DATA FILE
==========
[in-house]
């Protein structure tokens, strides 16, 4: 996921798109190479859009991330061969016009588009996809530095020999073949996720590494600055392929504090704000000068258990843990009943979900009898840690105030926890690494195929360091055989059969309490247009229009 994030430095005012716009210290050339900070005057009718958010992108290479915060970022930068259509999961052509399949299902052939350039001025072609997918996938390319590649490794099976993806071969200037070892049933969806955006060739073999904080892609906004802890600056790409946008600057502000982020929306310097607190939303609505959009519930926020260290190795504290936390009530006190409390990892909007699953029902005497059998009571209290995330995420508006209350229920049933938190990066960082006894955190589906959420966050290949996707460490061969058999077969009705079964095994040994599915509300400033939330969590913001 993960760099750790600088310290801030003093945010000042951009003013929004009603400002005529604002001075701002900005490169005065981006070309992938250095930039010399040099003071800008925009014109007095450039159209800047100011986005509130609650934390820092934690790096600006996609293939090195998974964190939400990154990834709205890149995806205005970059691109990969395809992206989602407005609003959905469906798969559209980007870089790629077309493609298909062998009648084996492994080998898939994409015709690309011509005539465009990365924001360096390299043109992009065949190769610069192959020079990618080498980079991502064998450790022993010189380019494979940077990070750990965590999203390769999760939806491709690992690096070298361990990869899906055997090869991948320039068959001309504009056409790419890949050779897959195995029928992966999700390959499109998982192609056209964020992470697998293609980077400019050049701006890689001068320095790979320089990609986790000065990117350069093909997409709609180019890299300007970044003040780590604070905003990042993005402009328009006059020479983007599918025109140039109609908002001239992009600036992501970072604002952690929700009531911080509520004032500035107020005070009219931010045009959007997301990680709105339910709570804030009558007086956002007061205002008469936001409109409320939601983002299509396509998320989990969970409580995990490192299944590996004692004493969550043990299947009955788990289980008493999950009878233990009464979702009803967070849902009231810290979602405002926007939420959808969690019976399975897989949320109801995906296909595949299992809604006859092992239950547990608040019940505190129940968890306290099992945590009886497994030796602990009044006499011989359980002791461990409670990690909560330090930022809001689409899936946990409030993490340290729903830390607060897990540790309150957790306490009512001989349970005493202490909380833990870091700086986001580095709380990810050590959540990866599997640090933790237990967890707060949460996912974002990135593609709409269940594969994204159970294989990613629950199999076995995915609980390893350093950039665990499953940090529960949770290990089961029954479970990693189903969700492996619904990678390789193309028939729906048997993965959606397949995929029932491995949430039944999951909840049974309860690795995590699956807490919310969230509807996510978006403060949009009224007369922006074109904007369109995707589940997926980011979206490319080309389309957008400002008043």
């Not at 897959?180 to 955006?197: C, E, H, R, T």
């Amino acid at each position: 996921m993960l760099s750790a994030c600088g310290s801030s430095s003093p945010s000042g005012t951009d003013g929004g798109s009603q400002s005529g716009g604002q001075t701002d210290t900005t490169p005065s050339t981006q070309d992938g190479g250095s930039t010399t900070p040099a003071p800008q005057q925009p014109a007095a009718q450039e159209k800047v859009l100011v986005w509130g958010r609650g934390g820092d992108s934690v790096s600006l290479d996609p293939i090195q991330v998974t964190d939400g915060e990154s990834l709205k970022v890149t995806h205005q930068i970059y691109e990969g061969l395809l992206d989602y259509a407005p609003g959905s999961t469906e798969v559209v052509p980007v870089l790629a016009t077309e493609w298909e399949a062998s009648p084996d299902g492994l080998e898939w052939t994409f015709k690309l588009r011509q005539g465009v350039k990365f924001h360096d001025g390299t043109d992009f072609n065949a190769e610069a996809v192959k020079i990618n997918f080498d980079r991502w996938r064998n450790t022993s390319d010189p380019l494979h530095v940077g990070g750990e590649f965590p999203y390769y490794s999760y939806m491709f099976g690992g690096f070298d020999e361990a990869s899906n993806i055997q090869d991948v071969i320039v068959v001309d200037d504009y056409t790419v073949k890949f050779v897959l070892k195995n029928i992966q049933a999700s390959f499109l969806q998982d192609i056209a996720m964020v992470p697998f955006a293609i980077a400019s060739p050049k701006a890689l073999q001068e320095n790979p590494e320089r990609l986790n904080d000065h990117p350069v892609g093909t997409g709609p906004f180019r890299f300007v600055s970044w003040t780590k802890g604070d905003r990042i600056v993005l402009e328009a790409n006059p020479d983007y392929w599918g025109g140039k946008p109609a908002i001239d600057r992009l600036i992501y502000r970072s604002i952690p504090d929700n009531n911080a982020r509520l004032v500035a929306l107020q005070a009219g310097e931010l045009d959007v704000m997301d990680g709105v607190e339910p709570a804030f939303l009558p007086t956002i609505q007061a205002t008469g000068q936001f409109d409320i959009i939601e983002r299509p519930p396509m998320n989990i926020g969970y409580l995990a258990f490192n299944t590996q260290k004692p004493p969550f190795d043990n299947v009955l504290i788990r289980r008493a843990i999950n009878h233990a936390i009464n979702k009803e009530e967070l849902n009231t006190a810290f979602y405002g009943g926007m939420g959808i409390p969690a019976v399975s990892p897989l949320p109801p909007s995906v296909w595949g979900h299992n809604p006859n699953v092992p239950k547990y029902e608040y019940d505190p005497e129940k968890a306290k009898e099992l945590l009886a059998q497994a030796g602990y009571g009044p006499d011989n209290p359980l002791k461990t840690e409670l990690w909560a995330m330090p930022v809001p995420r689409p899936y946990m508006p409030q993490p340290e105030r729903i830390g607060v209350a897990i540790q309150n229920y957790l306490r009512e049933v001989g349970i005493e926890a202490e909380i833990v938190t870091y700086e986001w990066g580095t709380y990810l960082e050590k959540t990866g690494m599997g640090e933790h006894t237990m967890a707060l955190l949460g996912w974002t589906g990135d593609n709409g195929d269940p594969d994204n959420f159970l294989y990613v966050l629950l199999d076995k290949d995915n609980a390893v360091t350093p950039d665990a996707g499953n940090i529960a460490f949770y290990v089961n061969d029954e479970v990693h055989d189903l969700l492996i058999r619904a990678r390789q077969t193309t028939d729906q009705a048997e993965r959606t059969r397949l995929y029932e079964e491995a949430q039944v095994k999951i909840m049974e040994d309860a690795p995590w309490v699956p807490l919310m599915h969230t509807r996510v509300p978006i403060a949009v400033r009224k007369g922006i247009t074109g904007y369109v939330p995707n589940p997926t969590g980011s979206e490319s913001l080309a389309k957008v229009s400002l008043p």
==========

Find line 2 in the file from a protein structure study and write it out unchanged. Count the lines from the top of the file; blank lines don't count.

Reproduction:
């Protein structure tokens, strides 16, 4: 996921798109190479859009991330061969016009588009996809530095020999073949996720590494600055392929504090704000000068258990843990009943979900009898840690105030926890690494195929360091055989059969309490247009229009 994030430095005012716009210290050339900070005057009718958010992108290479915060970022930068259509999961052509399949299902052939350039001025072609997918996938390319590649490794099976993806071969200037070892049933969806955006060739073999904080892609906004802890600056790409946008600057502000982020929306310097607190939303609505959009519930926020260290190795504290936390009530006190409390990892909007699953029902005497059998009571209290995330995420508006209350229920049933938190990066960082006894955190589906959420966050290949996707460490061969058999077969009705079964095994040994599915509300400033939330969590913001 993960760099750790600088310290801030003093945010000042951009003013929004009603400002005529604002001075701002900005490169005065981006070309992938250095930039010399040099003071800008925009014109007095450039159209800047100011986005509130609650934390820092934690790096600006996609293939090195998974964190939400990154990834709205890149995806205005970059691109990969395809992206989602407005609003959905469906798969559209980007870089790629077309493609298909062998009648084996492994080998898939994409015709690309011509005539465009990365924001360096390299043109992009065949190769610069192959020079990618080498980079991502064998450790022993010189380019494979940077990070750990965590999203390769999760939806491709690992690096070298361990990869899906055997090869991948320039068959001309504009056409790419890949050779897959195995029928992966999700390959499109998982192609056209964020992470697998293609980077400019050049701006890689001068320095790979320089990609986790000065990117350069093909997409709609180019890299300007970044003040780590604070905003990042993005402009328009006059020479983007599918025109140039109609908002001239992009600036992501970072604002952690929700009531911080509520004032500035107020005070009219931010045009959007997301990680709105339910709570804030009558007086956002007061205002008469936001409109409320939601983002299509396509998320989990969970409580995990490192299944590996004692004493969550043990299947009955788990289980008493999950009878233990009464979702009803967070849902009231810290979602405002926007939420959808969690019976399975897989949320109801995906296909595949299992809604006859092992239950547990608040019940505190129940968890306290099992945590009886497994030796602990009044006499011989359980002791461990409670990690909560330090930022809001689409899936946990409030993490340290729903830390607060897990540790309150957790306490009512001989349970005493202490909380833990870091700086986001580095709380990810050590959540990866599997640090933790237990967890707060949460996912974002990135593609709409269940594969994204159970294989990613629950199999076995995915609980390893350093950039665990499953940090529960949770290990089961029954479970990693189903969700492996619904990678390789193309028939729906048997993965959606397949995929029932491995949430039944999951909840049974309860690795995590699956807490919310969230509807996510978006403060949009009224007369922006074109904007369109995707589940997926980011979206490319080309389309957008400002008043």